Civil marriage (which is what we are discussing), is a social contract between two people that the government endorses for its own benefits. Some of these benefits include, but are not limited to, improving the odds that children will be raised by at least two people, most likely their mom and dad, helps to provide stability, gives the government someone to essentially "bill" for any debts/social obligations that a person has/leaves behind when they die (especially true when there are no blood relatives for the person), and it keeps track of who is actually married, to help to protect one party from getting cheated. There most likely are more.
From the way that the government treats heterosexual marriages, it is obvious that it is not necessary that all or even most need to apply to all marriages. Some of these same benefits could be gained from having homosexual marriages. That is hard to argue. They should not have to prove "extra" benefits that would come from their marriages, but some are even having to do that. For example, one of the questions the Prop. 8 judge gave to the pro-gay marriage lawyers is to "Is there proof that giving homosexuals the right to marry will reduce discrimination against them?".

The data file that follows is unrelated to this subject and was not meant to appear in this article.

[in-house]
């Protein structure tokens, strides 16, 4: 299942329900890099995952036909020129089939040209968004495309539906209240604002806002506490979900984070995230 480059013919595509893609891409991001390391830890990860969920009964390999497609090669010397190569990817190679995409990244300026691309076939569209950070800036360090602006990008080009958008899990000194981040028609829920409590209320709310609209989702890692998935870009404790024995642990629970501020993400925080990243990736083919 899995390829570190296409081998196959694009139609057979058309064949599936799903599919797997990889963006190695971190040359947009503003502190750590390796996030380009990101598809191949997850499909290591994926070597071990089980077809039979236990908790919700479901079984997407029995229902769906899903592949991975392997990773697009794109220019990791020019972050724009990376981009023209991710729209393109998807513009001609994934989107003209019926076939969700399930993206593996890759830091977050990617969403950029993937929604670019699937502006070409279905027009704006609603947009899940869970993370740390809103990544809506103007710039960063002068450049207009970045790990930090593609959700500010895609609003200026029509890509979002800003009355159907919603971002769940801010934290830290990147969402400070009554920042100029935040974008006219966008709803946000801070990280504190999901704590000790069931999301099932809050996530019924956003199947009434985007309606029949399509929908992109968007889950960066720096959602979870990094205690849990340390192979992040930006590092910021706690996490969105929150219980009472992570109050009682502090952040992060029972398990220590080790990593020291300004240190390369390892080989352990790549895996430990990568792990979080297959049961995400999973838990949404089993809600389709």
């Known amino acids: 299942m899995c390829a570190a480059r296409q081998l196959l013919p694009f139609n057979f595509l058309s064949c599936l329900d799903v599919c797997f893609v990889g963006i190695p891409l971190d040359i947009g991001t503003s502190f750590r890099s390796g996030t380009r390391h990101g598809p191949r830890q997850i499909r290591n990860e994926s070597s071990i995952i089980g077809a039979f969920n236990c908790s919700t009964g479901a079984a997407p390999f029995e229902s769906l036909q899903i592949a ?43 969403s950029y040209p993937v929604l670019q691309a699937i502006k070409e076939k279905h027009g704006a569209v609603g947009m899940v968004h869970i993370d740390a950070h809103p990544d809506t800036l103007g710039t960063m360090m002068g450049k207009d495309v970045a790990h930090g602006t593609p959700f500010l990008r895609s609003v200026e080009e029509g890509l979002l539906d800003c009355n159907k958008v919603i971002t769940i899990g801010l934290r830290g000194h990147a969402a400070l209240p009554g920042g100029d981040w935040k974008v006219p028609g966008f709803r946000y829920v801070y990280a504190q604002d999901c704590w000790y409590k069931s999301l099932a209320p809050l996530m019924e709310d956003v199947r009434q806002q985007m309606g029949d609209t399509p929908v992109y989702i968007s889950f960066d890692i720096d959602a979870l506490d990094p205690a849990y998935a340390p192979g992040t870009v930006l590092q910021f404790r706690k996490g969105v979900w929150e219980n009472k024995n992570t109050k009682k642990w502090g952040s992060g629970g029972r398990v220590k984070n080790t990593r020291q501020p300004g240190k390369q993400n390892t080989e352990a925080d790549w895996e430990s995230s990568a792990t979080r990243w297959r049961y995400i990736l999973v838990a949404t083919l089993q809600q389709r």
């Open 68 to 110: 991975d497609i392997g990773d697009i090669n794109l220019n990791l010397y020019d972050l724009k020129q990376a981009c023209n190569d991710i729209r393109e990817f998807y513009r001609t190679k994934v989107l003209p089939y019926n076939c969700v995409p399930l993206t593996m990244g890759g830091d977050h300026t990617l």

Not evey heterosexual couple is even able by law to have children, so the argument that heterosexual marriage's main purpose is procreation is completely down the toilet. There are at least a couple of states where first cousins can marry only if at least one of them is medically or naturally sterile.